The scope of the court's review of the finding of the Secretary's limited in 42 U.S.C. 405(g), providing that such findings are conclusive on the court, if supported by substantial evidence. The meaning of substantial evidence has been made quite clear; it means such evidence that if the case had been tried to a jury, the jury's verdict would have been conclusive and the court could not have justifiably directed a contrary verdict. Celebrezze v. Bolas, 316 F.2d 498 (8 Cir. 1963). The Bolas case further makes it clear that the claimant has the burden of adducing evidence to establish the statutory elements for entitlement to benefit. The court's function is to review the totality of the record to determine whether the Secretary has made actual and specific findings of fact, and whether those findings are supported by substantial evidence. Patton v. Celebrezze, 227 F. Supp. 441 (D.Del. 1964). In making this review, the court must judge the question of burden of proof in a practical way and not impose upon the claimant illogical and impossible standards. Ber v. Celebrezze, 332 F.2d 293 (2 Cir. 1964). This is particularly true where the alleged disability results primarily from pain, the cause of which is not clearly discernible. In any case, the claimant's burden is no greater than to prove his claim by a preponderance of the evidence.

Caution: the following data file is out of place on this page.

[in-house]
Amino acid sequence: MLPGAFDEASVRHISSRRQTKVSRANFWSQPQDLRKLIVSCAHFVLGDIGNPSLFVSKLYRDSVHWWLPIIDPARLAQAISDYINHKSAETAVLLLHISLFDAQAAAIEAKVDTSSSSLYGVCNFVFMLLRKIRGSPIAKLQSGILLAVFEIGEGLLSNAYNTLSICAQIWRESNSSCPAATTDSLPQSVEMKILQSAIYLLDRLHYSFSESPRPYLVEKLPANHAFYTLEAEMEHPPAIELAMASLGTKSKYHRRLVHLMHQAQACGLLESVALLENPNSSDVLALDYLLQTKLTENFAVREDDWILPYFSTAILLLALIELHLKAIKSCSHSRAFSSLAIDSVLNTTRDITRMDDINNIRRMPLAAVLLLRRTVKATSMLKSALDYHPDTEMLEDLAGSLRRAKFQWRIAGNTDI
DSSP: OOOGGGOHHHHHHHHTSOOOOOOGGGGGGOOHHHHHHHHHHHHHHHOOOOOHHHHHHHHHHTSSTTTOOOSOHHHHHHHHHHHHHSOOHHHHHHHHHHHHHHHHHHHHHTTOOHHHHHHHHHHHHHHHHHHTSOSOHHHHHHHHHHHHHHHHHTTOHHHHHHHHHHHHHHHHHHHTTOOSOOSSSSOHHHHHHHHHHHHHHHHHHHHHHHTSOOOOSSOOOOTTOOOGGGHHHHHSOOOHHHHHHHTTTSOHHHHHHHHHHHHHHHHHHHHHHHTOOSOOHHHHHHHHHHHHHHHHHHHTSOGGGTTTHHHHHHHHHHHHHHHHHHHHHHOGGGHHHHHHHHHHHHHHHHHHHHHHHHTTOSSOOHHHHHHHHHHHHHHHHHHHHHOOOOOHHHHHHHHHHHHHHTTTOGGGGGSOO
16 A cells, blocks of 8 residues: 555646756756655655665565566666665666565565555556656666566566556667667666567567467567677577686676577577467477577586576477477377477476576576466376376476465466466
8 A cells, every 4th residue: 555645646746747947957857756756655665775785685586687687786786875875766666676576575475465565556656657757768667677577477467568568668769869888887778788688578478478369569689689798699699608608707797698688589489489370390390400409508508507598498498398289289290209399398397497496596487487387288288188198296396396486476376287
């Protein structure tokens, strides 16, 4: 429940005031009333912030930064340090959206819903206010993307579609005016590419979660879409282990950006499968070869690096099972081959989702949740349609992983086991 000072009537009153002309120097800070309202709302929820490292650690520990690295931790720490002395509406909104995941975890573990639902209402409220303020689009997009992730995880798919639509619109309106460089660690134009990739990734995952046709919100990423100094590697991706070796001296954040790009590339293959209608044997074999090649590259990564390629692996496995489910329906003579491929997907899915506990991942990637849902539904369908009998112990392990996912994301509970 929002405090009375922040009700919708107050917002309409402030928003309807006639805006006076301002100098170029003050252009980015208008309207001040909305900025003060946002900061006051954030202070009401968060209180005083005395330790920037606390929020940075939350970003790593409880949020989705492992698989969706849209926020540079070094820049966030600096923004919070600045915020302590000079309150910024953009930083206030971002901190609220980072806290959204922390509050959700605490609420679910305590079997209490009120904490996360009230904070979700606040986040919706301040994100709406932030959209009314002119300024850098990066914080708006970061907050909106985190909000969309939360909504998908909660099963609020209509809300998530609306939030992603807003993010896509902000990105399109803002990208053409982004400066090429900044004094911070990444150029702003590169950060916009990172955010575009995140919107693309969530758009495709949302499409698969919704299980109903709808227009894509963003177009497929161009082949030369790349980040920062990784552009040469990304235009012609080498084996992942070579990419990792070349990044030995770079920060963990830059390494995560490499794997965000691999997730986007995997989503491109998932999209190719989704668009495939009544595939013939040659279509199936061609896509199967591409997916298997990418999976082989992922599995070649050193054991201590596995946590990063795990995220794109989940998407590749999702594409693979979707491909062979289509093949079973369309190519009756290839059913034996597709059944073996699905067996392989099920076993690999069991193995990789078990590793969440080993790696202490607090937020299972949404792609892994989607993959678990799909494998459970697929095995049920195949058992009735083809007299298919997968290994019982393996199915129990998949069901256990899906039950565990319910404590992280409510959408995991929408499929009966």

We find that the Secretary has made full and complete specific findings and that these findings are supported by substantial evidence. We note at the outset that the hearing examiner was faced with a most difficult task. Plaintiff's claim is based almost entirely on subjective complaints of pain for which numerous doctors have been unable to find organic causes or adequate objective explanation. The record reveals that the hearing examiner fully and careful considered: (1) plaintiff's subjective symptoms of pain; (2) the various possible explanations of that pain; (3) the totality of plaintiff's impairments, including pain, sensory losses, and cardiac deficiencies; (4) the prospects of remediability, giving due consideration to the various medical diagnoses; and (5) the ability of plaintiff to perform specific types of work assuming various levels of disability or pain. The examiner did not hold, or posit as the basis of his determination, that subjective pain cannot constitute a disability absent organic explanation. Instead, he held that such allegations of pain must be evaluated giving due consideration to all the evidence.